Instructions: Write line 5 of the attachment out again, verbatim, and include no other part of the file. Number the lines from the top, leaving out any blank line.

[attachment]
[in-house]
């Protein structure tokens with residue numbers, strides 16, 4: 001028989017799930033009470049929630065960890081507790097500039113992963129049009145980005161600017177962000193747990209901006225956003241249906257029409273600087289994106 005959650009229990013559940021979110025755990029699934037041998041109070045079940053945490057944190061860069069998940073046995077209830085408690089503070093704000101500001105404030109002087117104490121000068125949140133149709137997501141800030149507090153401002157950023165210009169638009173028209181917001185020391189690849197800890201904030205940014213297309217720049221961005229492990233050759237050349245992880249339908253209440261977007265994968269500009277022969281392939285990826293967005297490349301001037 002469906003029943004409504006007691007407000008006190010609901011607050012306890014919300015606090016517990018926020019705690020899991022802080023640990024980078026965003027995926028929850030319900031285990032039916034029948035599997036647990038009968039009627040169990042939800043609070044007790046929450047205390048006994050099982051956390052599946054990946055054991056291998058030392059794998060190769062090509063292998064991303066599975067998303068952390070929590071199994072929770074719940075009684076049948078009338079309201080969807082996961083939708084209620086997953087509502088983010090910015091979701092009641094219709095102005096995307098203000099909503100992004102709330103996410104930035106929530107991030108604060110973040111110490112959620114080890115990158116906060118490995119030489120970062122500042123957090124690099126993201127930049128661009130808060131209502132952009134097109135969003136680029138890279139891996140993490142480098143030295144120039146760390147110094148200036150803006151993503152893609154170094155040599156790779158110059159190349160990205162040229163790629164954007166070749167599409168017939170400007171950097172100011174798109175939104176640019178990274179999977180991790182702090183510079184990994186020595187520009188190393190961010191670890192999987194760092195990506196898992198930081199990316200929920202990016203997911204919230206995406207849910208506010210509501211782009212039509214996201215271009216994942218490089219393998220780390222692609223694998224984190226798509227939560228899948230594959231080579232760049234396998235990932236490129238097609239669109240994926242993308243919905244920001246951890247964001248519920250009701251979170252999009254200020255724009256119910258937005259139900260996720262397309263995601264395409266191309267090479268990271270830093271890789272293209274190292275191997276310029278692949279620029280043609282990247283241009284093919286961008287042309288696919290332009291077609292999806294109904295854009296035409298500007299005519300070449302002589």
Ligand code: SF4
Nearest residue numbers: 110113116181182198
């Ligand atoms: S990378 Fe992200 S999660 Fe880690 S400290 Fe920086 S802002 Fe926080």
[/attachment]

């Ligand atoms: S990378 Fe992200 S999660 Fe880690 S400290 Fe920086 S802002 Fe926080």